Results: A total of 266 new pharmacy graduates responded to the questionnaire (response rate 49.6%). There were no significant differences in sex and admission modes across the three pharmacy programs. Pharm D graduates reported highest competency in acute care services, medication reconciliation services, and primary care services among the other two programs. BScPsci graduates reported more competence in consumer health protection and herbal and alternative medicines than BScPcare graduates. There were significant differences in three competency domains: patient care, consumer protection and community health services, and drug review and information, but no significant differences in the health administration and communication domain among three pharmacy programs.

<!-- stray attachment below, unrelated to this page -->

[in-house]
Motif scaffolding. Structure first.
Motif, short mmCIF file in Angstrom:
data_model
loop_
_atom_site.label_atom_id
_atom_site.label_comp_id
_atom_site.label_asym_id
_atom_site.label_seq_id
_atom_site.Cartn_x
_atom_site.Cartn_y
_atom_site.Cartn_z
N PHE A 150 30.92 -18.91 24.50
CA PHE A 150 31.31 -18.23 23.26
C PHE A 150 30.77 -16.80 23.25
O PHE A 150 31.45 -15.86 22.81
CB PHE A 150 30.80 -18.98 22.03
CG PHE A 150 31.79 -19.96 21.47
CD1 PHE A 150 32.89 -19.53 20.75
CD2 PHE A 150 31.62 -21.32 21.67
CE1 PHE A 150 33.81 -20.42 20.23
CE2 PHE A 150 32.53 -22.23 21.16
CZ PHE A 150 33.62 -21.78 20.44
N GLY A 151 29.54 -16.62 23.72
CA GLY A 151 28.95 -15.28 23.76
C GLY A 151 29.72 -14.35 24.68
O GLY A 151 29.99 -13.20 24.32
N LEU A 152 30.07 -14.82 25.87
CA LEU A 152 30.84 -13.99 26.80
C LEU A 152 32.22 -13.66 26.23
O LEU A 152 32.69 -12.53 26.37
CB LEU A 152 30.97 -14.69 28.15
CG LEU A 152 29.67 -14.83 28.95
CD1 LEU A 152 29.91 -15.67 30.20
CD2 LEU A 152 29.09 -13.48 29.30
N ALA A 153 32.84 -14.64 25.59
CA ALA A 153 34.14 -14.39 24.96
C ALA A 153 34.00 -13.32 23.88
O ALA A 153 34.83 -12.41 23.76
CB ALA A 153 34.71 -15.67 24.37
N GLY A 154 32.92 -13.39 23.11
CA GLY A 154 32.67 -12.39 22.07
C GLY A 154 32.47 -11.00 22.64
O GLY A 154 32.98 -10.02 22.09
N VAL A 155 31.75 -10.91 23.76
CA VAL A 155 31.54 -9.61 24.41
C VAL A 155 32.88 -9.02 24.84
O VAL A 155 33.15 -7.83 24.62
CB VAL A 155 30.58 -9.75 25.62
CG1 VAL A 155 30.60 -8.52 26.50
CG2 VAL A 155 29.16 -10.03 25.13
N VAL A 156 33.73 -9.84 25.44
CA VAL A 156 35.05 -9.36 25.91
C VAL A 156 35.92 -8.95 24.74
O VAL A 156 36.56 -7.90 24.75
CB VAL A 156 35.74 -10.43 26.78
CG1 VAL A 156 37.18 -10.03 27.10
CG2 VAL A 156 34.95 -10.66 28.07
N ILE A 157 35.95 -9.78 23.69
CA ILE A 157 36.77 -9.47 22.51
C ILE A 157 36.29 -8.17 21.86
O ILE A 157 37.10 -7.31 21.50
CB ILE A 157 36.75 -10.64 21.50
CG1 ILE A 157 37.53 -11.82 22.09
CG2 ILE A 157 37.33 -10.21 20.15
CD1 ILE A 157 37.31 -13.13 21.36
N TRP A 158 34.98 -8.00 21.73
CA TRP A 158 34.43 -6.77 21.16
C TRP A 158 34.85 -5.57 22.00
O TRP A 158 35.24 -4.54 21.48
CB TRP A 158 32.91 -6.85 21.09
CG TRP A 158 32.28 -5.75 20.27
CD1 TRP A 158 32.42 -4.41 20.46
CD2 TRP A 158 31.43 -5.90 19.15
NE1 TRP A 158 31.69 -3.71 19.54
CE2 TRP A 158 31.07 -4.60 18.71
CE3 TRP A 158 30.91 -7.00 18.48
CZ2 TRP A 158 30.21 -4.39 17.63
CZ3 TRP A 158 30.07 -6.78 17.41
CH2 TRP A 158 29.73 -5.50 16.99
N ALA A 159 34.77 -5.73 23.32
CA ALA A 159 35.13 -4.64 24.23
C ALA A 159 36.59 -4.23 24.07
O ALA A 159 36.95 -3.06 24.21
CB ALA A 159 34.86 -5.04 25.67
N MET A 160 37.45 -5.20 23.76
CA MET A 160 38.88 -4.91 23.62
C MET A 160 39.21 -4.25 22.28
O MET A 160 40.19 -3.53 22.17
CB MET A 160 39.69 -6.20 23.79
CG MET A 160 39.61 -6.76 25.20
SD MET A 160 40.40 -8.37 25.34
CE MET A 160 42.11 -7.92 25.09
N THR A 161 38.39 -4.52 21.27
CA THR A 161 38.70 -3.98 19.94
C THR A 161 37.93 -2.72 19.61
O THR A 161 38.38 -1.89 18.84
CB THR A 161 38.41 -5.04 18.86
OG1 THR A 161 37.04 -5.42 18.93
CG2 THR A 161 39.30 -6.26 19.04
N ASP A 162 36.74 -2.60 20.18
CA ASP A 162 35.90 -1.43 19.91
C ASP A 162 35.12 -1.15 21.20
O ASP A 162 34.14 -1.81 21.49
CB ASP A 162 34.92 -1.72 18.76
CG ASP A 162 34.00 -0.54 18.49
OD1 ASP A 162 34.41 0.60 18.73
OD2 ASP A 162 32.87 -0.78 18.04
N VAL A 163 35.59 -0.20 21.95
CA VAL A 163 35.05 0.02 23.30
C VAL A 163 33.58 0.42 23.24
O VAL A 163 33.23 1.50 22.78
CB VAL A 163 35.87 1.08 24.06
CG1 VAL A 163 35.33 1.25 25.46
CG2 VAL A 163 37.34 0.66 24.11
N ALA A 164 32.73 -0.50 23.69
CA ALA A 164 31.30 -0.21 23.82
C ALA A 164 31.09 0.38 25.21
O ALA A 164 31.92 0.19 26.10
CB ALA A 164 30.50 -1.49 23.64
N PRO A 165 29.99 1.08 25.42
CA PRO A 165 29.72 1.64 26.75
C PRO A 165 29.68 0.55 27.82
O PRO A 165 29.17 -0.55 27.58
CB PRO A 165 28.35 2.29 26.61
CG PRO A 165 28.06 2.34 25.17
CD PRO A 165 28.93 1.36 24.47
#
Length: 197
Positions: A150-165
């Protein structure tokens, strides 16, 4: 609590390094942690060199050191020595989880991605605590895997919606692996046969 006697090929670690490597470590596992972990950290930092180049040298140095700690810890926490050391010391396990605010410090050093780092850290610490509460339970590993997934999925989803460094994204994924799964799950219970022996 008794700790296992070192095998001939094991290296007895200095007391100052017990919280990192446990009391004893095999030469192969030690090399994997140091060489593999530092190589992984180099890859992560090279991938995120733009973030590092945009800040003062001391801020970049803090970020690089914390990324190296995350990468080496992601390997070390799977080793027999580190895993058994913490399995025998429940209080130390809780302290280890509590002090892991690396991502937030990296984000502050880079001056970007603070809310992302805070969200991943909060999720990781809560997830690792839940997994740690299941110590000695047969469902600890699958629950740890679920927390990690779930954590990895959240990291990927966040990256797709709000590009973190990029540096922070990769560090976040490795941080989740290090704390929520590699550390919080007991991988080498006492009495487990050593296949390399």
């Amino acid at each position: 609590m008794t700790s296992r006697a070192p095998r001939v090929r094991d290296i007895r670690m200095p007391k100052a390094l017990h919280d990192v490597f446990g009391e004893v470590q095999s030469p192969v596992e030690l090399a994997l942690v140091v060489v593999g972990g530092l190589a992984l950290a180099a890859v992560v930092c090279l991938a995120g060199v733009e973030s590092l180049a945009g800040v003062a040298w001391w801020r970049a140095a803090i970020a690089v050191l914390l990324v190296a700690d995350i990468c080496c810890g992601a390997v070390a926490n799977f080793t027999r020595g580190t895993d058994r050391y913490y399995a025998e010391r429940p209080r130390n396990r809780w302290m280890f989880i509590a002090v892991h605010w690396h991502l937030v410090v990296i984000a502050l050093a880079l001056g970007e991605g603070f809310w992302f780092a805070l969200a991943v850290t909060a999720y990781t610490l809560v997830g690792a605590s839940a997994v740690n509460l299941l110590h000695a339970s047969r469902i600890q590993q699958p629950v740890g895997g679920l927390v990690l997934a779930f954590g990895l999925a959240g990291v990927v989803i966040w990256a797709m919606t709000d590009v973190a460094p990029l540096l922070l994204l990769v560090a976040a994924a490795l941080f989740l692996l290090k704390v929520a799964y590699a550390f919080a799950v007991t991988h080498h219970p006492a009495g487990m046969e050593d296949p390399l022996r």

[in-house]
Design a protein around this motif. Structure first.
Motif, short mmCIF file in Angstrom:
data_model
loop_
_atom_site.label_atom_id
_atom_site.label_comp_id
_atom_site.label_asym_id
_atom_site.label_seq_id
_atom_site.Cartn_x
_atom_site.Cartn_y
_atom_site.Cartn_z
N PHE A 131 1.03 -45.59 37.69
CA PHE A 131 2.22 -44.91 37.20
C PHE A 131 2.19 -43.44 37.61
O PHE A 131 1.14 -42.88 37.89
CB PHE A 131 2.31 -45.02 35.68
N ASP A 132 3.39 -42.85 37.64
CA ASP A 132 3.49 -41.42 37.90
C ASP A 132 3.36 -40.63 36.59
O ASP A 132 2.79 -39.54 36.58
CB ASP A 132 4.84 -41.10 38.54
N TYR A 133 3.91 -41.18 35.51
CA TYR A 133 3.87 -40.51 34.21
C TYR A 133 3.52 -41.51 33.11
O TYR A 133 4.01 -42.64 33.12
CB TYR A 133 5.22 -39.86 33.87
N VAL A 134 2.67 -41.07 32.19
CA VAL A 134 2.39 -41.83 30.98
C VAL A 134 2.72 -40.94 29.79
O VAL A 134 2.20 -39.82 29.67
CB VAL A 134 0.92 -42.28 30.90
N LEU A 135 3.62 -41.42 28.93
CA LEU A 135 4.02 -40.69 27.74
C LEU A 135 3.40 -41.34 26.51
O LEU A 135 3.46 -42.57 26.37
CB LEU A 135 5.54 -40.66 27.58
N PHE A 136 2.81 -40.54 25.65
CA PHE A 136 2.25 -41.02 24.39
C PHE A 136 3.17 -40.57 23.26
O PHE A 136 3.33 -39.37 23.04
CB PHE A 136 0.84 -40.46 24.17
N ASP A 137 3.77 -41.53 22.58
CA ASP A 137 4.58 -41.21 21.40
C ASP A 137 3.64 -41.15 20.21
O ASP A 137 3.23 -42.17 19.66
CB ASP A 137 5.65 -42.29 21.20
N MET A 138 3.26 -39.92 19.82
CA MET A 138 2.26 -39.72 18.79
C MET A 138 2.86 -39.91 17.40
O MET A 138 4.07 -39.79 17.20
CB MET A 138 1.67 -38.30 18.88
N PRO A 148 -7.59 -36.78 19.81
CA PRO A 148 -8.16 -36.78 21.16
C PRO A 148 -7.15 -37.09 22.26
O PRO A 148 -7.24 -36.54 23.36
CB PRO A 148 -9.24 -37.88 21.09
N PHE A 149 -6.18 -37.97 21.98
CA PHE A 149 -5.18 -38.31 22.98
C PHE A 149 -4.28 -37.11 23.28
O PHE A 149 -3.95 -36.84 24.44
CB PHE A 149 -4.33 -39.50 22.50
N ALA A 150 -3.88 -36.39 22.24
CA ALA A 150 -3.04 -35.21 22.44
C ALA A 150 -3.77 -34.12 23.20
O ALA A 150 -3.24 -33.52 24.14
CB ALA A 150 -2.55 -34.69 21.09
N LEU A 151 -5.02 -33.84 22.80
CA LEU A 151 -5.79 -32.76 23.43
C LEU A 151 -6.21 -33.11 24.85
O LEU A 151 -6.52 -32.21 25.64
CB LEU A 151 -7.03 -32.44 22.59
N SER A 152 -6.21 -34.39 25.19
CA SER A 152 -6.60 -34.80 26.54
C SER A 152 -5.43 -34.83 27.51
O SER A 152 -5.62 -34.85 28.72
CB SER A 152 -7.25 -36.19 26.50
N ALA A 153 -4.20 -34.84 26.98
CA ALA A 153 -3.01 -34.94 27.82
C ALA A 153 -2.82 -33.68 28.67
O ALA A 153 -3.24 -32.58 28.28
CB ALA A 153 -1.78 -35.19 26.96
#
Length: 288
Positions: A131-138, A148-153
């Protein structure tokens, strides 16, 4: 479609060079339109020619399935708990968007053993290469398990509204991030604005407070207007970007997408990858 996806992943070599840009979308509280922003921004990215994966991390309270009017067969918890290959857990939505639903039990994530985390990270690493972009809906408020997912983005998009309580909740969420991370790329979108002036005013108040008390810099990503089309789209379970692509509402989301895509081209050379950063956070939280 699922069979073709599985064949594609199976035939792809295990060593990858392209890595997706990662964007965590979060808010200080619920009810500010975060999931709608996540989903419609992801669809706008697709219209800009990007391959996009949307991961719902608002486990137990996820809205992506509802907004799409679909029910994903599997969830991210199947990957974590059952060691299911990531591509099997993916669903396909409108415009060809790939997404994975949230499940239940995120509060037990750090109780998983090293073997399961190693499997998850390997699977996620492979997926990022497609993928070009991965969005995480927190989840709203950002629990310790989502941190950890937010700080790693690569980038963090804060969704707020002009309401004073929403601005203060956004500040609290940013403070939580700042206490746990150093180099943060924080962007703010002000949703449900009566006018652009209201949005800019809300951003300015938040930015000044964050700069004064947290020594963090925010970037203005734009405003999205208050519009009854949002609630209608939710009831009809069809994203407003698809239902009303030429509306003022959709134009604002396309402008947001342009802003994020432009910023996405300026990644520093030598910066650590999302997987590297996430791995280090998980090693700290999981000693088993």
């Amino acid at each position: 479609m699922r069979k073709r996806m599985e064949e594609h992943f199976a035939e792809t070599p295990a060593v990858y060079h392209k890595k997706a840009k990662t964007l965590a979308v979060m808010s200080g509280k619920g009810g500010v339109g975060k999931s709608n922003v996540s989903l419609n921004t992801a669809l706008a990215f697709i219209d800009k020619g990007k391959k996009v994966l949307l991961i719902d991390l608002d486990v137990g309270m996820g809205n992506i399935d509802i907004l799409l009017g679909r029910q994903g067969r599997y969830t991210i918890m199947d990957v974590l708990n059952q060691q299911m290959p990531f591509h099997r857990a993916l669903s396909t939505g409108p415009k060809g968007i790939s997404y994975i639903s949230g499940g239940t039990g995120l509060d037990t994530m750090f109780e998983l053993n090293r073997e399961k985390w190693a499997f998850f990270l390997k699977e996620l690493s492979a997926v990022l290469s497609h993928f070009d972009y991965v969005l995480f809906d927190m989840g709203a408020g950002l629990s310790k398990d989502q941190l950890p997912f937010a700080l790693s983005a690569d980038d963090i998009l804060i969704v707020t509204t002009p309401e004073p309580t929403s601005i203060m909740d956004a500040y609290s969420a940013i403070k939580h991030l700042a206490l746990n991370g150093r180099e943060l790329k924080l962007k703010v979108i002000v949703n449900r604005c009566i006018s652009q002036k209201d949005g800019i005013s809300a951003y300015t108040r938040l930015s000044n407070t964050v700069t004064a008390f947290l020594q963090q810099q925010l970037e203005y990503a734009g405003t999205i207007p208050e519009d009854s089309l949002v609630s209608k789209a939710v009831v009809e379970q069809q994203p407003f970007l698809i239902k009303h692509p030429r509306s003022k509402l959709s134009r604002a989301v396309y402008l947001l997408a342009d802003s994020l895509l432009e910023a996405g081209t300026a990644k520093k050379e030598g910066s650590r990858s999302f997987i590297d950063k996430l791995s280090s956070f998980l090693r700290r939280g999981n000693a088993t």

Conclusion: Despite a complete change into a 6-year Pharm D program in 2014, pharmacy education in Thailand should continue evolving to be responsive to the needs of the health system. An annual survey of new pharmacy graduates should be continued, to monitor changes of professional competency across different program tracks and other factors which may influence their contribution to the health service system. Likewise, a longitudinal monitoring of their competencies in the graduate cohort should be conducted.
Keywords: pharmacy education, professional competency, pharmacy graduate, Doctor of Pharmacy, Thailand
Pharmacists play vital roles in health-care delivery systems, as they are highly accessible among all health-care workers1 and provide a wide range of services ranging from manufacturing and regulating medicines, distributing and dispensing medicines, to providing medicine information and pharmaceutical care services.1,2 They also serve as regulators and policy makers to control, manage, and supply quality medicines to their nations; and as educators and researchers for pharmacy education and health-related research areas.3